-Secret detention facilities: the report expressed deep concern that, in some cases, "temporary secret detention facilities in European countries may have been located at US military bases". It emphasised that the concept of "secret detention facility" included "not only prisons, but also all places where somebody is held incommunicado, such as private apartments, police stations or hotel rooms" - as in the well-publicised case of Khaled El-Masri in Skopje. In an amendment passed with a narrow majority (356 to 323), MEPs noted that, in light of the available circumstantial evidence, it was not possible to acknowledge or deny that secret detention centres were based in Poland. However, seven of the fourteen detainees transferred from a secret detention facility to Guantánamo in September 2006 coincide with those mentioned in a report by ABC News (published in December 2005) listing the identities of twelve top Al Qaeda suspects held in Poland.

-Possible use of torture: the report recalled that the programme of extraordinary rendition is an extra-judicial practice "whereby an individual suspected of involvement in terrorism is illegally abducted.....and/or transported to another country for interrogation which, in the majority of cases, involves incommunicado detention and torture". This was confirmed by the victims - or their lawyers - who gave testimony to the committee. In light of the available evidence, the report noted that there was a strong possibility that some European countries may have received, knowingly or unknowingly, information obtained under torture. Parliament took note of the testimony to the Temporary Committee by Craig Murray, former UK Ambassador to Uzbekistan, on the exchange of intelligence obtained under torture and the legal opinion of Michael Wood, former legal advisor to the UK Foreign and Commonwealth Office. It expressed its concern about Michael Wood's legal opinion, according to which receiving or possessing information extracted under torture, insofar as there is no direct participation in the torture, is not per se prohibited by the UN Convention against Torture of 1989. Parliament condemned any attempt to obtain information by means of torture, regardless of who is involved.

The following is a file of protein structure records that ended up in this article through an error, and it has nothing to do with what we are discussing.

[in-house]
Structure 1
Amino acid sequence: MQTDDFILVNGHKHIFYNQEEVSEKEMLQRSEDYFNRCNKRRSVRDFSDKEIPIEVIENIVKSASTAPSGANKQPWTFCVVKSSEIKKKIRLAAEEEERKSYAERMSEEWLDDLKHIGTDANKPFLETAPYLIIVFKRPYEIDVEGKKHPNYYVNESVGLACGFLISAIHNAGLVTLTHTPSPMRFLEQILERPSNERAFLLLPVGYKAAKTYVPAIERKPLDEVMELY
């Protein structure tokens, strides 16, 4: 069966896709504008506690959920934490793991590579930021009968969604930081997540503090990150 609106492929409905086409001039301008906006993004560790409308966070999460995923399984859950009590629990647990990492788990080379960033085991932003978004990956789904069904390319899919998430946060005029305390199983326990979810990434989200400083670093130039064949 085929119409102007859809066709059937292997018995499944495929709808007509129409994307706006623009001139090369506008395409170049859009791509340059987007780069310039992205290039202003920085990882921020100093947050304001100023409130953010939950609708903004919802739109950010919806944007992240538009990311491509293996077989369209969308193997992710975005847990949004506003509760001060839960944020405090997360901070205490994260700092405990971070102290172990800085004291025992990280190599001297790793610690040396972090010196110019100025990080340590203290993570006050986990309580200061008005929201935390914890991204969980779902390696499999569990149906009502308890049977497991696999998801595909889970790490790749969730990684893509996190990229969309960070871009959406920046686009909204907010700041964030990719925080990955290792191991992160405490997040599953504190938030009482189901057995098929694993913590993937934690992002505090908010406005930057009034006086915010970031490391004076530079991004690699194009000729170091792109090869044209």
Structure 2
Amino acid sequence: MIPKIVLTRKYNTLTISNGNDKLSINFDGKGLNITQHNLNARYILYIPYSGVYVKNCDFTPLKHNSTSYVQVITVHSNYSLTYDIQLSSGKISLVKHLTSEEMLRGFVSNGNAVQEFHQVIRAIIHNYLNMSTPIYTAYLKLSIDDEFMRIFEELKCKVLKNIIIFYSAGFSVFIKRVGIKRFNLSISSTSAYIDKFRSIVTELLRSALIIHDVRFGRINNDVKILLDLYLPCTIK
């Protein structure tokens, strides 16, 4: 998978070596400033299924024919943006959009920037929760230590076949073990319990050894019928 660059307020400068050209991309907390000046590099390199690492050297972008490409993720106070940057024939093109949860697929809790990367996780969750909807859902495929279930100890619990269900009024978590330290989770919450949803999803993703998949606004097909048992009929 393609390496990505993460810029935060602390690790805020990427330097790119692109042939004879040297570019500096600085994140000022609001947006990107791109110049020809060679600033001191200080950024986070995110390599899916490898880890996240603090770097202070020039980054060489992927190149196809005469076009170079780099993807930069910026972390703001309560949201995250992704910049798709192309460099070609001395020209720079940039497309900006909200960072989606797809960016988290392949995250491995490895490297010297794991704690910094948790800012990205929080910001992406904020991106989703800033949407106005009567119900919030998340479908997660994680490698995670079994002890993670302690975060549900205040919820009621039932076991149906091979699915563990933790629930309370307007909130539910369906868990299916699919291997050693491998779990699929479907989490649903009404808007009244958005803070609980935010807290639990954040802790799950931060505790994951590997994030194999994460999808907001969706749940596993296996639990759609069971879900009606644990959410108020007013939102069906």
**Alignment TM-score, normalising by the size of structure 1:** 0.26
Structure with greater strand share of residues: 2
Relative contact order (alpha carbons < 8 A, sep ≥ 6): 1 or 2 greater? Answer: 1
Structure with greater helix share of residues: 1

-Lack of cooperation: Parliament denounced the lack of cooperation of many Member States, and of the Council of the EU towards the Temporary Committee. It stressed that the behaviour of Member States, and in particular the Council and its Presidencies, fell far below the standard that Parliament was entitled to expect. The serious lack of concrete answers to the questions raised by victims, non-governmental organisations (NGOs), the media and parliamentarians only served to strengthen the validity of already well-documented allegations. In addition, it was wholly unacceptable that the Council should first have concealed and then, at Parliament's request, only supplied piecemeal information on the regular discussions held with senior officials of the US Government, asserting that this was the only available version. These shortcomings of the Council implicate all Member State governments since they have collective responsibility as members of the Council.